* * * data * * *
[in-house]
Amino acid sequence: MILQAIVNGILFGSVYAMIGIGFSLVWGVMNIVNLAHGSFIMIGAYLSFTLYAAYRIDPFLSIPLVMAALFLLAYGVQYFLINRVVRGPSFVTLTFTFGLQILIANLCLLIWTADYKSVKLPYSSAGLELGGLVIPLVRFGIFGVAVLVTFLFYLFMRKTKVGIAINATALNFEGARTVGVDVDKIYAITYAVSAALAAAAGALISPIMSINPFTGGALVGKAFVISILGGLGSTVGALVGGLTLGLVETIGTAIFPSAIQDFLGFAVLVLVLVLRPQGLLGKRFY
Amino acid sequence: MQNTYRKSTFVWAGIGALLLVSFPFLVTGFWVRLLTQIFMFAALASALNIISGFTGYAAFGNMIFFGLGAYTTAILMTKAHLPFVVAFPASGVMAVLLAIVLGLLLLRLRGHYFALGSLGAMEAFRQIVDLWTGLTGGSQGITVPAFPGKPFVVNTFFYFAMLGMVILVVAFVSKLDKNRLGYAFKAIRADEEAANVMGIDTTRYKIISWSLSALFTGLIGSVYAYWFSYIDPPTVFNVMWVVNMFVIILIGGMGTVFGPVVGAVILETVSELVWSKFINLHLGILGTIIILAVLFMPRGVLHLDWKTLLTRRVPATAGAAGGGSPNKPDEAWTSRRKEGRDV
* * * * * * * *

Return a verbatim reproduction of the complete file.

[in-house]
Amino acid sequence: MILQAIVNGILFGSVYAMIGIGFSLVWGVMNIVNLAHGSFIMIGAYLSFTLYAAYRIDPFLSIPLVMAALFLLAYGVQYFLINRVVRGPSFVTLTFTFGLQILIANLCLLIWTADYKSVKLPYSSAGLELGGLVIPLVRFGIFGVAVLVTFLFYLFMRKTKVGIAINATALNFEGARTVGVDVDKIYAITYAVSAALAAAAGALISPIMSINPFTGGALVGKAFVISILGGLGSTVGALVGGLTLGLVETIGTAIFPSAIQDFLGFAVLVLVLVLRPQGLLGKRFY
Amino acid sequence: MQNTYRKSTFVWAGIGALLLVSFPFLVTGFWVRLLTQIFMFAALASALNIISGFTGYAAFGNMIFFGLGAYTTAILMTKAHLPFVVAFPASGVMAVLLAIVLGLLLLRLRGHYFALGSLGAMEAFRQIVDLWTGLTGGSQGITVPAFPGKPFVVNTFFYFAMLGMVILVVAFVSKLDKNRLGYAFKAIRADEEAANVMGIDTTRYKIISWSLSALFTGLIGSVYAYWFSYIDPPTVFNVMWVVNMFVIILIGGMGTVFGPVVGAVILETVSELVWSKFINLHLGILGTIIILAVLFMPRGVLHLDWKTLLTRRVPATAGAAGGGSPNKPDEAWTSRRKEGRDV